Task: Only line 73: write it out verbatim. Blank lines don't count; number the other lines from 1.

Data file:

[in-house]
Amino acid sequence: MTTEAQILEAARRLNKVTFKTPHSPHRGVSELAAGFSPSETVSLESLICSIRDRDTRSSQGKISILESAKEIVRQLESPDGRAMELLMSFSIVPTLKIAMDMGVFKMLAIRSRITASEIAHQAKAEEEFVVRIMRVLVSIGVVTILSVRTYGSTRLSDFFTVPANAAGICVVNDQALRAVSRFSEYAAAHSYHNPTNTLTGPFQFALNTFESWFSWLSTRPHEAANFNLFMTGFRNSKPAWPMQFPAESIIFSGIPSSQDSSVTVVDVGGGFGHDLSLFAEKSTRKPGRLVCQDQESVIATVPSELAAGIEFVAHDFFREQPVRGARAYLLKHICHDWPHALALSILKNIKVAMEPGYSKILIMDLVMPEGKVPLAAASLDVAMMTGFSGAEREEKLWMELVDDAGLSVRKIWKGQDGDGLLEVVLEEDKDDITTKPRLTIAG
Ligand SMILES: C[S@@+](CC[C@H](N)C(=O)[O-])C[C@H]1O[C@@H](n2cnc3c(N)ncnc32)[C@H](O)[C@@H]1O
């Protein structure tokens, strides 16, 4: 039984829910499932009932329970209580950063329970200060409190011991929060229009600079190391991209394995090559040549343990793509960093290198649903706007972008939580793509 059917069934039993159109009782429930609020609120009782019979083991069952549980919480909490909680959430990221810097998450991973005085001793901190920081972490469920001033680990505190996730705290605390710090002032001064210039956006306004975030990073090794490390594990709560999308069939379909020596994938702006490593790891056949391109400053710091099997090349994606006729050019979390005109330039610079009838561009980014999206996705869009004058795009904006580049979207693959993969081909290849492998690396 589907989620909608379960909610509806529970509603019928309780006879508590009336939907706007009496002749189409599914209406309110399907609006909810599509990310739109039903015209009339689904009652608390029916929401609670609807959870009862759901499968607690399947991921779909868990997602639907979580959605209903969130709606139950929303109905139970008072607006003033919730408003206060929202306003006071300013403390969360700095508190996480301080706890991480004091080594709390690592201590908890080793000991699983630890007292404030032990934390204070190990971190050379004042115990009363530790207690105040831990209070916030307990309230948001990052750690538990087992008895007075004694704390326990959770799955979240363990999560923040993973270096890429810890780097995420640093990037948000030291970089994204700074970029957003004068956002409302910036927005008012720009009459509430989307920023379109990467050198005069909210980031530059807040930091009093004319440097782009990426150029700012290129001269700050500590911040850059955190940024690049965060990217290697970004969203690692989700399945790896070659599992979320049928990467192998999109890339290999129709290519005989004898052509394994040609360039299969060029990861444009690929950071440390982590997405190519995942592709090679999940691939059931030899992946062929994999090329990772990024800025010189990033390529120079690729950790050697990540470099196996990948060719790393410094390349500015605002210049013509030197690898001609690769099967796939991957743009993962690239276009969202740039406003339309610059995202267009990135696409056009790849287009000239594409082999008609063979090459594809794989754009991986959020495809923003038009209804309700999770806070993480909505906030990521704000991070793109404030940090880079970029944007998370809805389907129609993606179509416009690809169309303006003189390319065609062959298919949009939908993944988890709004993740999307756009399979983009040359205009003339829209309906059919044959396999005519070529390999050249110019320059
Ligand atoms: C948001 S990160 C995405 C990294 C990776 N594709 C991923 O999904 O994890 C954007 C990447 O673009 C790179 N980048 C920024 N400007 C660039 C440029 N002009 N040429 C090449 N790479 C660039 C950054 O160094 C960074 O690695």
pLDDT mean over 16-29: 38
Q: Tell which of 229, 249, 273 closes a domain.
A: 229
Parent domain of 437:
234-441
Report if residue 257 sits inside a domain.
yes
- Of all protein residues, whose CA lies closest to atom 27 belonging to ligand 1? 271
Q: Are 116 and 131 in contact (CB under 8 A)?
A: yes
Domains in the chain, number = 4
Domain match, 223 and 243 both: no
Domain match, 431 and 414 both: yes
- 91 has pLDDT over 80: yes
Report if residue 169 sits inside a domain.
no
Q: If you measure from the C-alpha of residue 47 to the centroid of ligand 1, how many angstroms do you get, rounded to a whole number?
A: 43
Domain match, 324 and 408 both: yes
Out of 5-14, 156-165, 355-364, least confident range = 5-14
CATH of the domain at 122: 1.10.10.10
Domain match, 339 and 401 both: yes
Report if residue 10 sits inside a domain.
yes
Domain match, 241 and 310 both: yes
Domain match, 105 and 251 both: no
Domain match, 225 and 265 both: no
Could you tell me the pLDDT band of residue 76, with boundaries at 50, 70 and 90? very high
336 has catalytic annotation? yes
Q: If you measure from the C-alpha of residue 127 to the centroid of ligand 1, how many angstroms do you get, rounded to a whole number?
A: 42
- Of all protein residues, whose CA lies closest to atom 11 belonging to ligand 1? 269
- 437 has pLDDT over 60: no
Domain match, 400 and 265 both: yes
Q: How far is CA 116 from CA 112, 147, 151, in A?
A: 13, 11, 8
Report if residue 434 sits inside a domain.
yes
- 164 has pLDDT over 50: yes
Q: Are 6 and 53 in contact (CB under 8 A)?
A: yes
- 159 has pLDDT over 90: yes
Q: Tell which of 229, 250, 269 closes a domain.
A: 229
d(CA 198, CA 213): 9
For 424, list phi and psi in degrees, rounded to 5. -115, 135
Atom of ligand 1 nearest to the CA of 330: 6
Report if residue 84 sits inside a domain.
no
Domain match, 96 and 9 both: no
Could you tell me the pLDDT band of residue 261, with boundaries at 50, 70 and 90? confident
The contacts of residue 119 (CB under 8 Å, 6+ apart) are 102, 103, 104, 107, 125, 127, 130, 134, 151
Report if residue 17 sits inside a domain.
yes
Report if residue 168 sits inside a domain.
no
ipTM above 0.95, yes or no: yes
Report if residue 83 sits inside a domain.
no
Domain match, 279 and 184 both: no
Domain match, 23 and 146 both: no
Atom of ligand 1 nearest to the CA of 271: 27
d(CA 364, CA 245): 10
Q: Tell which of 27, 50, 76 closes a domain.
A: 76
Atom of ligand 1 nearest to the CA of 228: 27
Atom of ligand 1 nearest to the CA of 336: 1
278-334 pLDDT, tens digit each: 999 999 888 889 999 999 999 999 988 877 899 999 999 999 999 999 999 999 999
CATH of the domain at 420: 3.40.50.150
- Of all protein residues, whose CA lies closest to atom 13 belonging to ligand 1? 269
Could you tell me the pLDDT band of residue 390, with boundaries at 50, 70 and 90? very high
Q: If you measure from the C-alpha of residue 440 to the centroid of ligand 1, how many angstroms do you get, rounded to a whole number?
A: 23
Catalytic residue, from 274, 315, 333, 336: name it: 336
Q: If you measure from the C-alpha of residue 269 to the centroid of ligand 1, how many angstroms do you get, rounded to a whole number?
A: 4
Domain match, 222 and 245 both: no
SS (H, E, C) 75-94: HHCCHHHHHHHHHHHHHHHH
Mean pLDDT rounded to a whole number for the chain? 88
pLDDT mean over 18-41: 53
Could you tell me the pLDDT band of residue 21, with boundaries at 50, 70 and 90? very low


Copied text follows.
278-334 pLDDT, tens digit each: 999 999 888 889 999 999 999 999 988 877 899 999 999 999 999 999 999 999 999